The importance of education and learning is summed up by the value Arriving Early for Study (Hashkamat Beit Hamidrash). Learning is one of the hallmarks of the Jewish people, and it starts with our children. Curious by nature, we can continually encourage our own kids to ask questions about things they see, hear, experience and more. Questioning is a fundamental part of the Jewish learning experience, and the following books that embrace education and allow us to dig into several wonderful questions are a great way to explore this value as a family.

created at: 2011-11-17Wow! School!” by Robert Neubecker. Ages 3-6. Explore school with Izzy as she experiences the wonder and delight of a day in the classroom. From learning the alphabet to singing to making new friends to story time, school is a fun-filled and exciting time. The bold, bright, colorful pictures practically shout a good time!

Discussion Questions:

  • When you walk into Izzy’s classroom, what’s the first thing you want to do?
  • During art time, one of the students is showing you her painting. What would you say to her?
  • What would you bring for lunch to school? (Tell your child what you used to eat for lunch at school.)
  • Sing “The Wheels on the Bus” song together.
  • How many rabbits did you count?
  • What was your favorite page in this book?

created at: 2011-11-17Sammy Spider’s First Day of School” by Sylvia A. Rouss. Ages 3-6. Sammy Spider goes to school with Josh, listens to the story of Noah’s Ark and escapes being hurt when the children learn about being kind to animals.

Discussion Questions:

  • Have you ever seen a spider at your school? Talk about your reaction.
  • What would it be like to have a spider for a pet? How would you take care of it?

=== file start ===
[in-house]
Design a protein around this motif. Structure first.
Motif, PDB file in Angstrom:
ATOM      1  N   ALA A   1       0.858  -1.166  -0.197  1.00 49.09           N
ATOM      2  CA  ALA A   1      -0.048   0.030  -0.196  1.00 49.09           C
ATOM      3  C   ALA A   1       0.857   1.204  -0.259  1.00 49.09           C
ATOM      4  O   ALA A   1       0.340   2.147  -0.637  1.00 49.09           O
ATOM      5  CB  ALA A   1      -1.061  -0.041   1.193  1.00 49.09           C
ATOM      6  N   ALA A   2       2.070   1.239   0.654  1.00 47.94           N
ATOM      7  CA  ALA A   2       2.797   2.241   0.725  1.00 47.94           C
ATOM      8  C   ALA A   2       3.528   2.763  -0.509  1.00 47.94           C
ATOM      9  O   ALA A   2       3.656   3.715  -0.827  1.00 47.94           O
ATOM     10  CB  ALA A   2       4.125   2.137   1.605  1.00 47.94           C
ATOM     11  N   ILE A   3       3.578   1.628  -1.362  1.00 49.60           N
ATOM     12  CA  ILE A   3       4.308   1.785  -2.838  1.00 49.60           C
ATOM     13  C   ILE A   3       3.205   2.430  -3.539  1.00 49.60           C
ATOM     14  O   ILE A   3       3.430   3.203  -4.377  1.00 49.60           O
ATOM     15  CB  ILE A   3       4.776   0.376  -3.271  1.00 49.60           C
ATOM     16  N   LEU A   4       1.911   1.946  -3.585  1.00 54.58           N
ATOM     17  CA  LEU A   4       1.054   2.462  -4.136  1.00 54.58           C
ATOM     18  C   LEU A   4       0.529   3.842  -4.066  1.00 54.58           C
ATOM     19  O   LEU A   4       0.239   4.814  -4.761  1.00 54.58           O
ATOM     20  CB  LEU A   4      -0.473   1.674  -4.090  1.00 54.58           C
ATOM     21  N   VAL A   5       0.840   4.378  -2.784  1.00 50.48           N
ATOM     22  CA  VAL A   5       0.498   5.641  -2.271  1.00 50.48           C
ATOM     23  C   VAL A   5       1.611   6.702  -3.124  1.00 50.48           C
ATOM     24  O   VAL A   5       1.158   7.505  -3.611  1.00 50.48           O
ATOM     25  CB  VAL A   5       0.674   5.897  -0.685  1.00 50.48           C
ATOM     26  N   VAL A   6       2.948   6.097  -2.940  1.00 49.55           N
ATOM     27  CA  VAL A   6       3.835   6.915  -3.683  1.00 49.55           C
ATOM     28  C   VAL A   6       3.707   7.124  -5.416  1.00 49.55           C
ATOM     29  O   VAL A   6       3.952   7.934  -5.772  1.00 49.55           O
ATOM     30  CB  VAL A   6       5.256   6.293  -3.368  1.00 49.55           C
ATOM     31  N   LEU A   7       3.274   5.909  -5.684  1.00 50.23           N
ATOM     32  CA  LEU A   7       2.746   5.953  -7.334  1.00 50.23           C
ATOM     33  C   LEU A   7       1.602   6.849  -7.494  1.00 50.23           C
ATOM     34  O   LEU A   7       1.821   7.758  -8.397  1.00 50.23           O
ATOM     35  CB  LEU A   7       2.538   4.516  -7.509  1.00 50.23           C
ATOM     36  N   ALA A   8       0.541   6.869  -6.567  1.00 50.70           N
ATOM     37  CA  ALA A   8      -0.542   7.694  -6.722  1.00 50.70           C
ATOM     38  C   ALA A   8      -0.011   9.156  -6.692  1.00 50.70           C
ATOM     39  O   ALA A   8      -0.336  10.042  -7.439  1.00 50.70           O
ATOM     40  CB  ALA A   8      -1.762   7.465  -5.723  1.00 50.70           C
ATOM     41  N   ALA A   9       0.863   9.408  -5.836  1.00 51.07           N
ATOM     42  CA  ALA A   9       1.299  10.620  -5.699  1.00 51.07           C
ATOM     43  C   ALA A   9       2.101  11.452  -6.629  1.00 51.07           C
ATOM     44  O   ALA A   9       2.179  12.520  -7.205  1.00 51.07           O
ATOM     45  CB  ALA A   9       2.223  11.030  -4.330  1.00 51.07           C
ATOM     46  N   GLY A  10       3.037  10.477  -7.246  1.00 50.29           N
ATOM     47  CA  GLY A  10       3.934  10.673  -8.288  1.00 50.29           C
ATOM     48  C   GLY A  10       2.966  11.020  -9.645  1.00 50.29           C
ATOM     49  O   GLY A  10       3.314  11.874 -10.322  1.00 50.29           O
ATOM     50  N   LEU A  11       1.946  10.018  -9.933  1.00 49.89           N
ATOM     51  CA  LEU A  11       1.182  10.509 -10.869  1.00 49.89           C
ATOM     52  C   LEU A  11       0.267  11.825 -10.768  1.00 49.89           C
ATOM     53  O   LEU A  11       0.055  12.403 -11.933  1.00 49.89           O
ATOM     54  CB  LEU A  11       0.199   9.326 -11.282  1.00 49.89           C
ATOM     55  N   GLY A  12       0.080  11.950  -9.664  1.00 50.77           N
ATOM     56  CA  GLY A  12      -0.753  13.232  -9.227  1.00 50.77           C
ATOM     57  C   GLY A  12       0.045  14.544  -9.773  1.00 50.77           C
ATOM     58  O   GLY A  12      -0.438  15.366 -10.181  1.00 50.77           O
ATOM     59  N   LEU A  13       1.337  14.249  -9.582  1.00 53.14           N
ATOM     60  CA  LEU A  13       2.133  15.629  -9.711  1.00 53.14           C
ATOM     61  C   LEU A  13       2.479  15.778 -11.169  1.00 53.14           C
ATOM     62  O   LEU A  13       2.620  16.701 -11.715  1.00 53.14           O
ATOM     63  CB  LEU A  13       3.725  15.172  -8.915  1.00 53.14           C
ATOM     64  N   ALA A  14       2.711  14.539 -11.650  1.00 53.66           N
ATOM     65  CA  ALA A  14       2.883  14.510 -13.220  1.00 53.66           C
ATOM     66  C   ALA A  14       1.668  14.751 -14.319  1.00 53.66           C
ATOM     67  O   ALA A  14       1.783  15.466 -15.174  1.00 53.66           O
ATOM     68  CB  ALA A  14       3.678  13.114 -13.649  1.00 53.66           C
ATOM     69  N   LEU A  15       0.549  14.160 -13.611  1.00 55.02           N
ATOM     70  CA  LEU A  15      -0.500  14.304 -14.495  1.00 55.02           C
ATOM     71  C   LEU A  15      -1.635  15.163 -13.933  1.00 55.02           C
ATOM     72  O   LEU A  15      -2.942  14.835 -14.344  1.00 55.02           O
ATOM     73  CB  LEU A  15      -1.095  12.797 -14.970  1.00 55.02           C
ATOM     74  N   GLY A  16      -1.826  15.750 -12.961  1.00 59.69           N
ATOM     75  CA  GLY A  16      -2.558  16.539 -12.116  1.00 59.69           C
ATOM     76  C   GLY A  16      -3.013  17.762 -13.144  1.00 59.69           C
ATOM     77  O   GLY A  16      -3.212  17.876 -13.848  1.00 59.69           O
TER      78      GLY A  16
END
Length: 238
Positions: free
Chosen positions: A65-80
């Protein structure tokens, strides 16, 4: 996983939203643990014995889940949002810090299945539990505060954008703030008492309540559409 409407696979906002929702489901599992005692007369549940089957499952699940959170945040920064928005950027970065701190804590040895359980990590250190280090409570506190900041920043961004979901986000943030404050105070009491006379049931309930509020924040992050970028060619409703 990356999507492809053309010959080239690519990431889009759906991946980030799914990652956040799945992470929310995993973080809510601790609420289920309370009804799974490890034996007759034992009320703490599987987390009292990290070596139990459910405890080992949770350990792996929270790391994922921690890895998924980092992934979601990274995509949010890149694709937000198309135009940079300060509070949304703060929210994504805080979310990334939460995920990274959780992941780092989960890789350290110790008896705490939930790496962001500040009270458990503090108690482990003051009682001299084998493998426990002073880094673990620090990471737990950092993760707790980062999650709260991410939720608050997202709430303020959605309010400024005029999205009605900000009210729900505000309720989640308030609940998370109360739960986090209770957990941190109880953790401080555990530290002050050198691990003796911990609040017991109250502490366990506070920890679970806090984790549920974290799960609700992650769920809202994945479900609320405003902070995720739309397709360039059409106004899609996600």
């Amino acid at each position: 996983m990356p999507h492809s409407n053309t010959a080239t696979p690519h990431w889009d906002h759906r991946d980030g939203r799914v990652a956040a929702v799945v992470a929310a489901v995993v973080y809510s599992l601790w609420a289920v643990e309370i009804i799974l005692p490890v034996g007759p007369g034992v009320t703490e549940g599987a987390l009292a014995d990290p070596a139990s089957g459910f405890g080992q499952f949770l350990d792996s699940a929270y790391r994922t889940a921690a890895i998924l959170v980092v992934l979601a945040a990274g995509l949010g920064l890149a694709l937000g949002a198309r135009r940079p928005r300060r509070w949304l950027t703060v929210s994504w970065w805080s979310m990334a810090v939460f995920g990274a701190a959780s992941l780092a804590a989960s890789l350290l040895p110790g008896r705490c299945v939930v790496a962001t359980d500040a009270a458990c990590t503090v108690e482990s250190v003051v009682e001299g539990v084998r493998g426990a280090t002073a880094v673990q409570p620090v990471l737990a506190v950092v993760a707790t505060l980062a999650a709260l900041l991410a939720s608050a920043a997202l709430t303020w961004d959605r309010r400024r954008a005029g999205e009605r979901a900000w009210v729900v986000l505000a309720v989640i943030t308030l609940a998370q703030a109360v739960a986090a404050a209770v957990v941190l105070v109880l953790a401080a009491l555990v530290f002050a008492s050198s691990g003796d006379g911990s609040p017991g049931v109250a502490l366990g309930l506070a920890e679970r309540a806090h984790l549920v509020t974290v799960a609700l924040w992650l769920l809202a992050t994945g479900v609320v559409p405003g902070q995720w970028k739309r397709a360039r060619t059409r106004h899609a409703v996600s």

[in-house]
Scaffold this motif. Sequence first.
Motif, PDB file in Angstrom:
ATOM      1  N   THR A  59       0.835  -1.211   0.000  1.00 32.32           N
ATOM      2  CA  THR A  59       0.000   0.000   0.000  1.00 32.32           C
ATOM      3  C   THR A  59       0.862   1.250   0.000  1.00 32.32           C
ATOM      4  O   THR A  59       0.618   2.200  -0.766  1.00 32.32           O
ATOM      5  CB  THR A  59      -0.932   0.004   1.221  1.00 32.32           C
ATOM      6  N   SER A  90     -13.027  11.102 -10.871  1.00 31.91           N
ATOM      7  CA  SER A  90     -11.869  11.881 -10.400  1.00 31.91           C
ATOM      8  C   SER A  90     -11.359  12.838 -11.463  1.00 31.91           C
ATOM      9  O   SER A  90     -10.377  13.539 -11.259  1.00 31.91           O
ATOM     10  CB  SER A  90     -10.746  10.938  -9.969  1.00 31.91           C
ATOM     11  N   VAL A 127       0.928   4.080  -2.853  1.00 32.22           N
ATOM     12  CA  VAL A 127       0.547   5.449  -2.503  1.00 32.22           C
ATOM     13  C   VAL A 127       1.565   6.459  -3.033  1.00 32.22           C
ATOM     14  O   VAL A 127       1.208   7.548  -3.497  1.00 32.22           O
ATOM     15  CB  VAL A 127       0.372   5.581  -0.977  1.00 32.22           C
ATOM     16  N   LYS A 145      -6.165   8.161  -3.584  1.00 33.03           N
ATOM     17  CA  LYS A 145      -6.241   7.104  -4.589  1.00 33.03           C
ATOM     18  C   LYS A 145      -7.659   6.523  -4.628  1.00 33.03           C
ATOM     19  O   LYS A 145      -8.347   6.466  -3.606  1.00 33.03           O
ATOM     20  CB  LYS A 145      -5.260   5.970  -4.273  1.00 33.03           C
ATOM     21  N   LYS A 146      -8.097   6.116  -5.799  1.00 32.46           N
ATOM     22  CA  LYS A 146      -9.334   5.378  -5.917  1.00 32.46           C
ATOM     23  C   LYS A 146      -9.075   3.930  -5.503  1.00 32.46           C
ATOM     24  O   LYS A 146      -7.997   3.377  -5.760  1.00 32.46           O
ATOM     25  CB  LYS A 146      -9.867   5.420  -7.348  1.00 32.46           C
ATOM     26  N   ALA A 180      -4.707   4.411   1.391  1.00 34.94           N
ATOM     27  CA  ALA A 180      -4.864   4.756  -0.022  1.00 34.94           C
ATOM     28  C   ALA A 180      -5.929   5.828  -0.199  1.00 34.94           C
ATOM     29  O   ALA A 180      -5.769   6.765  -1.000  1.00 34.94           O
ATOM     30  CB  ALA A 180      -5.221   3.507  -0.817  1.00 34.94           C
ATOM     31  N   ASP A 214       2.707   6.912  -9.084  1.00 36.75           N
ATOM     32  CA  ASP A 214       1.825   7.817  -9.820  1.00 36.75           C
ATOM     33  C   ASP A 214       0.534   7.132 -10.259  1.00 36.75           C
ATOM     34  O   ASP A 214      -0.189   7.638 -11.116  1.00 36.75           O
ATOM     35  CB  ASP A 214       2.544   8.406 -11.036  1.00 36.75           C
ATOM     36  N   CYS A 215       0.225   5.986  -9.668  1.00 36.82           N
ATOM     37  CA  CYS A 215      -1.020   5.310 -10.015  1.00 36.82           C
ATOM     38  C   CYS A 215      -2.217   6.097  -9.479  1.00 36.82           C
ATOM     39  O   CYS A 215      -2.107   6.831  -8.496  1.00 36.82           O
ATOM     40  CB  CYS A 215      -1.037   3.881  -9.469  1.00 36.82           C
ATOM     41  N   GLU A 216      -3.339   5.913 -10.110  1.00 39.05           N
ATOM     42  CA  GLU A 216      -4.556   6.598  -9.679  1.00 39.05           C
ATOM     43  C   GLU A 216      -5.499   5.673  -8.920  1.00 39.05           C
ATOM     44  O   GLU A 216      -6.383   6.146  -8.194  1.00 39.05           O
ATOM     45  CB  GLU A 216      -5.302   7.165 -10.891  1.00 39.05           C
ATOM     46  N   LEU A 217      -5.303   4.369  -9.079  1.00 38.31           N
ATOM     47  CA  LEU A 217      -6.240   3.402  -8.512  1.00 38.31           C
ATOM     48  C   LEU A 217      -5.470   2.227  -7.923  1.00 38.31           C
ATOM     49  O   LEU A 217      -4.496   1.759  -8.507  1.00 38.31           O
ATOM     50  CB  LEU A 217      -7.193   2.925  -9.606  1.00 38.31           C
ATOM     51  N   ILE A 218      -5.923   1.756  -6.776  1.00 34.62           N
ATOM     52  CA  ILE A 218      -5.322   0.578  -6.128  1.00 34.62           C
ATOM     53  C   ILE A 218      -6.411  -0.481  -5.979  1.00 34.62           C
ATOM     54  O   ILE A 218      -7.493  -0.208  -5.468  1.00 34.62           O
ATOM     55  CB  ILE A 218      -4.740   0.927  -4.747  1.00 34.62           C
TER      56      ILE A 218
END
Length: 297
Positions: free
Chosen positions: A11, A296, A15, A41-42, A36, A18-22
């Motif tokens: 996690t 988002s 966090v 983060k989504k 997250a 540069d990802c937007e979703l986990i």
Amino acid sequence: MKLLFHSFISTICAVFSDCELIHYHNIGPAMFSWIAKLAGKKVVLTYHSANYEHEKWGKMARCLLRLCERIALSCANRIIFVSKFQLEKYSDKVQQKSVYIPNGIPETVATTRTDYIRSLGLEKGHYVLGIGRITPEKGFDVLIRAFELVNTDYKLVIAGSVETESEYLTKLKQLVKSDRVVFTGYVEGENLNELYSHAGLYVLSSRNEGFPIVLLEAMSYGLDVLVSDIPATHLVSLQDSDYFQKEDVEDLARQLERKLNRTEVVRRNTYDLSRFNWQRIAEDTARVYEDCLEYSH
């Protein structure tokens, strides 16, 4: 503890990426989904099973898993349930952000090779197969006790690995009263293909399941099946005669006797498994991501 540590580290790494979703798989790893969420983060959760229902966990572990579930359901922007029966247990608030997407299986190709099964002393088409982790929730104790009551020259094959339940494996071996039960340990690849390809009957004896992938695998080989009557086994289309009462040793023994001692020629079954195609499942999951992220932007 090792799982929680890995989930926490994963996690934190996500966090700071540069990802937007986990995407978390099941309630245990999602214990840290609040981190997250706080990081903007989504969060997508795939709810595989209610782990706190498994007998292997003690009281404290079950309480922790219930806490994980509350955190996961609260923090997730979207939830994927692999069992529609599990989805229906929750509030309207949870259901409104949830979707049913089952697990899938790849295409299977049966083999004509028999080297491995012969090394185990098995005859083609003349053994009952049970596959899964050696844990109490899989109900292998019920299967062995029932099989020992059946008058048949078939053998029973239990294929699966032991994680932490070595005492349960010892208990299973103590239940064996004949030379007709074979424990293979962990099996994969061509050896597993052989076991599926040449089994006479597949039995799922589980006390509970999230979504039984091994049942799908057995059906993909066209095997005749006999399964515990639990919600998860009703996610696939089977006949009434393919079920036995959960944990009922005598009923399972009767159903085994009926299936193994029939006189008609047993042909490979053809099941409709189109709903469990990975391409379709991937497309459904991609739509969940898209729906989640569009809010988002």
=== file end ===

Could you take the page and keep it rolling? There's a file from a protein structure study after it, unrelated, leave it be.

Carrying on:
• Try making the banana-and-animal-cracker Noah’s ark snack. Have your child sort the animal crackers into pairs before putting them on the banana slice.
  • Would you let a spider crawl on your hand? What do you think it would feel like?

created at: 2011-11-17Wolf!” by Becky Bloom. Ages 4-8. Wolf is tired and hungry, but is totally ignored by the farm animals engaged in reading their books. In order to be taken seriously, he must get an education, which he does, with surprising results.

Discussion Questions:

  • Why do the duck, cow and pig ignore the wolf when he’s coming to their farm to eat them?
  • How would you feel if a wolf came into your classroom to learn to read and write?
  • Even when the wolf learns to read, the farm animals continue to push him to improve. Why?
  • Tell this story in your own words as dramatically as you can.

created at: 2011-11-17The Art Lesson” by Tomie dePaola. Ages 4-8. Tommy plans to be an artist when he grows up, but how will that happen if he only gets one piece of paper during art class, can’t use his own box of 64 Crayola crayons and has to copy the pictures the art teacher draws?

Discussion Questions:

  • What is your most favorite thing in the world to do?
  • How did you learn/are you learning to do this? Did someone teach you? Did you practice?
  • How do you think Tommy felt when he looked past his teacher and spoke right to Mrs. Bowers?
  • What do you want to be when you grow up? Write this down on a piece of paper (or have someone help) and draw a picture of yourself. Date it and put it in an envelope. Put the envelope in a safe place where you will remember to look at it in 10 years!

Arriving Early for Study is a value we practice every day, whether we know it or not! It happens when we teach our kids how to do something new, when we read about something interesting and even as we explore this newsletter and find meaningful ways to connect with our children.

Happy reading!